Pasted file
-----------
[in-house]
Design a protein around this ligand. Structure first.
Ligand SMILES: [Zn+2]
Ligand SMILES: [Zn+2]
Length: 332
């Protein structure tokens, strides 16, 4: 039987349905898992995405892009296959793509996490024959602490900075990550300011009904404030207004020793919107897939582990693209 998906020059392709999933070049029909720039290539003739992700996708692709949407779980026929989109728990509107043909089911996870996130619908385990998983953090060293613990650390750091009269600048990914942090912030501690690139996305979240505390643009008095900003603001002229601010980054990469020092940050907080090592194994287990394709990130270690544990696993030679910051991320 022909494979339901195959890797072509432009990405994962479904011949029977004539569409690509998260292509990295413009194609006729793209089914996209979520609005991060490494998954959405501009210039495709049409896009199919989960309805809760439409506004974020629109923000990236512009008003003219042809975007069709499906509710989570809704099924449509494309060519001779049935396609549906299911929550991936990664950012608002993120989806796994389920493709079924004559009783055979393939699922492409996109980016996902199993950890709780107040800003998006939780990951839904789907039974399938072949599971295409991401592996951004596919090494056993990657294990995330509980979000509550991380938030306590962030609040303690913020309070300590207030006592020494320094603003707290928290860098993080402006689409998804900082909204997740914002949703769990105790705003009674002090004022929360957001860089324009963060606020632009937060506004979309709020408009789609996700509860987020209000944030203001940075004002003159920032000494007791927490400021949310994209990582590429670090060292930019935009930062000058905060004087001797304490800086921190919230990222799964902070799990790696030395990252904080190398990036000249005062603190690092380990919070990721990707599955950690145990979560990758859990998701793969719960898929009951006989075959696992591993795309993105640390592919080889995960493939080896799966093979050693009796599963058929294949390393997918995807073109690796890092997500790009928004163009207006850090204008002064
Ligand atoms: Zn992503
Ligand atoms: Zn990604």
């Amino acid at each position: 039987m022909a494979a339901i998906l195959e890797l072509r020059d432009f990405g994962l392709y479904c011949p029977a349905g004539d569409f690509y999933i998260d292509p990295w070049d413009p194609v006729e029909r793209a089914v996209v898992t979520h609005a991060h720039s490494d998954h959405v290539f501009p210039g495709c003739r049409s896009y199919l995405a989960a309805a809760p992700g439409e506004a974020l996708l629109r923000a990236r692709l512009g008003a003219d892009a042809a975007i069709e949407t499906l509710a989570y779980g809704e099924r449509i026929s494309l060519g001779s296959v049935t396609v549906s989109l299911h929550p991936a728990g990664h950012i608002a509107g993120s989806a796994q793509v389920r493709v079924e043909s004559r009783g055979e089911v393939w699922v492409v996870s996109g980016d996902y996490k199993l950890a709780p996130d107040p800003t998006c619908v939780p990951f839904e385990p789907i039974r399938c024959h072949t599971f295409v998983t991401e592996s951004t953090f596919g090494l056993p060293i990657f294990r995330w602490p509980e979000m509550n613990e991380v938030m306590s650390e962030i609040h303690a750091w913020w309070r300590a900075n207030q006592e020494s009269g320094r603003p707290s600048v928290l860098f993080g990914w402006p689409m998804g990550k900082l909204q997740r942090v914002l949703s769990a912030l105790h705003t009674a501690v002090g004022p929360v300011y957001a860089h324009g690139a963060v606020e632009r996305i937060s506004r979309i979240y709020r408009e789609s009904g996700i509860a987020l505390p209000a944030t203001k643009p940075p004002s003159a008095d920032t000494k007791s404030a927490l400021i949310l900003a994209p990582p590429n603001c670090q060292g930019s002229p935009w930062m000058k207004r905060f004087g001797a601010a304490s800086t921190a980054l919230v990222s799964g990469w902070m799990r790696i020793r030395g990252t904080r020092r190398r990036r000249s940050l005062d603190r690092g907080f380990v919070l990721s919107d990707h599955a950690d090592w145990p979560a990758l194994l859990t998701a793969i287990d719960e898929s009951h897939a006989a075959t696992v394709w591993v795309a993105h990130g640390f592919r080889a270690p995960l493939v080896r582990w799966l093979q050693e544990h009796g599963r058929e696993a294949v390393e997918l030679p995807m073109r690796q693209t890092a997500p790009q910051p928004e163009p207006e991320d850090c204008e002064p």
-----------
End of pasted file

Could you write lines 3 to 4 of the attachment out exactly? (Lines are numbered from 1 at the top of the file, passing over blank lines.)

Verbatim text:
Ligand SMILES: [Zn+2]
Ligand SMILES: [Zn+2]